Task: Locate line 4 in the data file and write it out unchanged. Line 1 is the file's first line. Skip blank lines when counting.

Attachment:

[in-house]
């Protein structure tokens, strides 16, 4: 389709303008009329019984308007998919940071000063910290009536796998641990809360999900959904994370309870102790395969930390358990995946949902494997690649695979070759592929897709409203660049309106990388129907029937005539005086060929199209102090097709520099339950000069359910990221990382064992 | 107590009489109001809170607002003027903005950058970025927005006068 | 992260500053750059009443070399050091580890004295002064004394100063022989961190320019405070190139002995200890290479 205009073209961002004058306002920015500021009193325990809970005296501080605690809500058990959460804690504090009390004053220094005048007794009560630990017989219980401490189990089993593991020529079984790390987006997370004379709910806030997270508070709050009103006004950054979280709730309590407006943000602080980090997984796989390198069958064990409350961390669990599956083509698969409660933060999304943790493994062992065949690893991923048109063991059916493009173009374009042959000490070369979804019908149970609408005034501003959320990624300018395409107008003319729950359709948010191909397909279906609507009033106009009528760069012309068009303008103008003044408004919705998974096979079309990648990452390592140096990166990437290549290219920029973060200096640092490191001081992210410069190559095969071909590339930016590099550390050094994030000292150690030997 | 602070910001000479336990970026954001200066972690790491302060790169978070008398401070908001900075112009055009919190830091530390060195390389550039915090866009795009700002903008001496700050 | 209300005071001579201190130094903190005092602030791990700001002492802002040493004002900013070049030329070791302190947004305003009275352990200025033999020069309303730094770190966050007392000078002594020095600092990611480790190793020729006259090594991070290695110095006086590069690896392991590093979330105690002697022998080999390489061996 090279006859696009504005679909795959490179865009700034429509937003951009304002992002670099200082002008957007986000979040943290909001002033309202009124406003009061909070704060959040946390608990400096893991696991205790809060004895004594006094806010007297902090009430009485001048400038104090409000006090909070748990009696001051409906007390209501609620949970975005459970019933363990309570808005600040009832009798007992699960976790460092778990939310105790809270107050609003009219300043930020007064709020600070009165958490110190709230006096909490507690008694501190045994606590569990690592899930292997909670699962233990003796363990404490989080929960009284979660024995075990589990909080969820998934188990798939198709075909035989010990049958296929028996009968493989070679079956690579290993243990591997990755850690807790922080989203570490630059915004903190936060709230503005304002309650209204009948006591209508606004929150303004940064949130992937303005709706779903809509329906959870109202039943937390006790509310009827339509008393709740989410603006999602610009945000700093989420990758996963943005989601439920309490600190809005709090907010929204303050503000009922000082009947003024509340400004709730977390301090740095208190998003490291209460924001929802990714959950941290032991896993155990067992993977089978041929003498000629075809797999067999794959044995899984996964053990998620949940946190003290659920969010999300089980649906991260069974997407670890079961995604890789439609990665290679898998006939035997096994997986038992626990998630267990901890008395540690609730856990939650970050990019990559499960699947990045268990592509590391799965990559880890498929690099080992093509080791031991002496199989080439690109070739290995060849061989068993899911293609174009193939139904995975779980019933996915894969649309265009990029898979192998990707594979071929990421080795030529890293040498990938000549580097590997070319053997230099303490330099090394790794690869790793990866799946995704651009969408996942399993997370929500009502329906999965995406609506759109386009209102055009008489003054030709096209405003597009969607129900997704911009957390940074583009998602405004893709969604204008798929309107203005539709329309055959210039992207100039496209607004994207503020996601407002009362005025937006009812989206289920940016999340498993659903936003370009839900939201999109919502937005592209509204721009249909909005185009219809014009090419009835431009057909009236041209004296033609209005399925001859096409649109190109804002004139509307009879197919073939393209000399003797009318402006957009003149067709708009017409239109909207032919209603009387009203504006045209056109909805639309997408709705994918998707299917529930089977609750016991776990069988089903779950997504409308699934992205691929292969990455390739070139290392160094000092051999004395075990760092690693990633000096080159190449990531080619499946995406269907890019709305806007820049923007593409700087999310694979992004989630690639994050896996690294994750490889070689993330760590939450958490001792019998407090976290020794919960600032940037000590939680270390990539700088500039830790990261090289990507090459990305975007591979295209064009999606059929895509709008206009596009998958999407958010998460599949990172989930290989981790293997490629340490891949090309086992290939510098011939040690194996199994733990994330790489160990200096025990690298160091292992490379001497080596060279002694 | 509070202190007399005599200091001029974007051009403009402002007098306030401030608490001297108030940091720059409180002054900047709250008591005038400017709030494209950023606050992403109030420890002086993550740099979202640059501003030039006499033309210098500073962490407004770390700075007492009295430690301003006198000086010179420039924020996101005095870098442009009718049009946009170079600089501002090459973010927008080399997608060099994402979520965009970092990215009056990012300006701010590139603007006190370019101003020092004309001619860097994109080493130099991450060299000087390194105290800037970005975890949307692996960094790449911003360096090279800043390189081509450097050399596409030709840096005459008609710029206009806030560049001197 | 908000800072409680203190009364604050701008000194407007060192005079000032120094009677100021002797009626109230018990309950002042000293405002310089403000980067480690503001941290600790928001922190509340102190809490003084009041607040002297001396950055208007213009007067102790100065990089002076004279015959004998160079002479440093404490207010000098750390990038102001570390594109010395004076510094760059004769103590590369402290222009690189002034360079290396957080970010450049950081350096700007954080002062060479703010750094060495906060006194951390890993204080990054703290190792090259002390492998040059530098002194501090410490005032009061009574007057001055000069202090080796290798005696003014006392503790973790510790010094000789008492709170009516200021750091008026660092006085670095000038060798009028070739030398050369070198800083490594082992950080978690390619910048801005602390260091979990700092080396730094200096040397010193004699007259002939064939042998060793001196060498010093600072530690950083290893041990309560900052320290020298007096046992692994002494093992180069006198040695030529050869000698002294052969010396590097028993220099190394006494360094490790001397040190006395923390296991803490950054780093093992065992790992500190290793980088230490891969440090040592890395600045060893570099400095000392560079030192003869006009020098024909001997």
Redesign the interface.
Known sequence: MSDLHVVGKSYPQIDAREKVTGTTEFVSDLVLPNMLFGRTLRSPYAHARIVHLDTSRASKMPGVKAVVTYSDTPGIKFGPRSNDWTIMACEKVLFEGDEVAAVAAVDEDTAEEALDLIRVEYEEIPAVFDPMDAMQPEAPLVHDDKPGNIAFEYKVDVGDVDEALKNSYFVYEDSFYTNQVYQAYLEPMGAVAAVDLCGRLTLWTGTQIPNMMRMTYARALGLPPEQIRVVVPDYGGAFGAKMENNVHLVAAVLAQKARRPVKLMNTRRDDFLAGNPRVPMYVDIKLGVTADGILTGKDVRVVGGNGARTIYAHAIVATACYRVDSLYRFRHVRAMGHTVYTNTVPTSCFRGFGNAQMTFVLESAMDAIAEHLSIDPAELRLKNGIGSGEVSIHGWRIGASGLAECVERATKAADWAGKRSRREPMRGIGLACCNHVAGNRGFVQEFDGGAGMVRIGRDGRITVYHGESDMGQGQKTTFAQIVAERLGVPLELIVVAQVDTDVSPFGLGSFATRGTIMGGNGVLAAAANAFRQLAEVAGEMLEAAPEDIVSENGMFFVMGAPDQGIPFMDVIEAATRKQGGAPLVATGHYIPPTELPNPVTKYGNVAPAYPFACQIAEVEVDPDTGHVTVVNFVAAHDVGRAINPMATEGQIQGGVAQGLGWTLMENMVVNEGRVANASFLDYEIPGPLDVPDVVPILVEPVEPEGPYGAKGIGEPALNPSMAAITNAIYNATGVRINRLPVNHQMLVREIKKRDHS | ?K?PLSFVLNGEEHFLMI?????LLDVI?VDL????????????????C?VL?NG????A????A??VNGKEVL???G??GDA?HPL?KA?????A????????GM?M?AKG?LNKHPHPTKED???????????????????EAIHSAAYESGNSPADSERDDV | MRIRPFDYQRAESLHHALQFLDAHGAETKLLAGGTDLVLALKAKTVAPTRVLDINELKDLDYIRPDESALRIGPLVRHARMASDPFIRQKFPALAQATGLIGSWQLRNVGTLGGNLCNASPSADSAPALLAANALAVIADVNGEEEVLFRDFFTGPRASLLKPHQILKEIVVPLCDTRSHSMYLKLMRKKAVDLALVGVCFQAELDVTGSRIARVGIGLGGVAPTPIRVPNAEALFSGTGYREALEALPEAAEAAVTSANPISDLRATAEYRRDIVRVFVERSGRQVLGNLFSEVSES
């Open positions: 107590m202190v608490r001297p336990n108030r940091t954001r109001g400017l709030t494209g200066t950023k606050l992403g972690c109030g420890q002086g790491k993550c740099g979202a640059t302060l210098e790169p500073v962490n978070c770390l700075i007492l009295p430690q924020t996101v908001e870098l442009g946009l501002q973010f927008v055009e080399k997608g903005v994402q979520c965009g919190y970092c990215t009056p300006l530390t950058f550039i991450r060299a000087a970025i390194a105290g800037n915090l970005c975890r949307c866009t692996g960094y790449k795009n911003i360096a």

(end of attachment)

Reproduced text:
Known sequence: MSDLHVVGKSYPQIDAREKVTGTTEFVSDLVLPNMLFGRTLRSPYAHARIVHLDTSRASKMPGVKAVVTYSDTPGIKFGPRSNDWTIMACEKVLFEGDEVAAVAAVDEDTAEEALDLIRVEYEEIPAVFDPMDAMQPEAPLVHDDKPGNIAFEYKVDVGDVDEALKNSYFVYEDSFYTNQVYQAYLEPMGAVAAVDLCGRLTLWTGTQIPNMMRMTYARALGLPPEQIRVVVPDYGGAFGAKMENNVHLVAAVLAQKARRPVKLMNTRRDDFLAGNPRVPMYVDIKLGVTADGILTGKDVRVVGGNGARTIYAHAIVATACYRVDSLYRFRHVRAMGHTVYTNTVPTSCFRGFGNAQMTFVLESAMDAIAEHLSIDPAELRLKNGIGSGEVSIHGWRIGASGLAECVERATKAADWAGKRSRREPMRGIGLACCNHVAGNRGFVQEFDGGAGMVRIGRDGRITVYHGESDMGQGQKTTFAQIVAERLGVPLELIVVAQVDTDVSPFGLGSFATRGTIMGGNGVLAAAANAFRQLAEVAGEMLEAAPEDIVSENGMFFVMGAPDQGIPFMDVIEAATRKQGGAPLVATGHYIPPTELPNPVTKYGNVAPAYPFACQIAEVEVDPDTGHVTVVNFVAAHDVGRAINPMATEGQIQGGVAQGLGWTLMENMVVNEGRVANASFLDYEIPGPLDVPDVVPILVEPVEPEGPYGAKGIGEPALNPSMAAITNAIYNATGVRINRLPVNHQMLVREIKKRDHS | ?K?PLSFVLNGEEHFLMI?????LLDVI?VDL????????????????C?VL?NG????A????A??VNGKEVL???G??GDA?HPL?KA?????A????????GM?M?AKG?LNKHPHPTKED???????????????????EAIHSAAYESGNSPADSERDDV | MRIRPFDYQRAESLHHALQFLDAHGAETKLLAGGTDLVLALKAKTVAPTRVLDINELKDLDYIRPDESALRIGPLVRHARMASDPFIRQKFPALAQATGLIGSWQLRNVGTLGGNLCNASPSADSAPALLAANALAVIADVNGEEEVLFRDFFTGPRASLLKPHQILKEIVVPLCDTRSHSMYLKLMRKKAVDLALVGVCFQAELDVTGSRIARVGIGLGGVAPTPIRVPNAEALFSGTGYREALEALPEAAEAAVTSANPISDLRATAEYRRDIVRVFVERSGRQVLGNLFSEVSES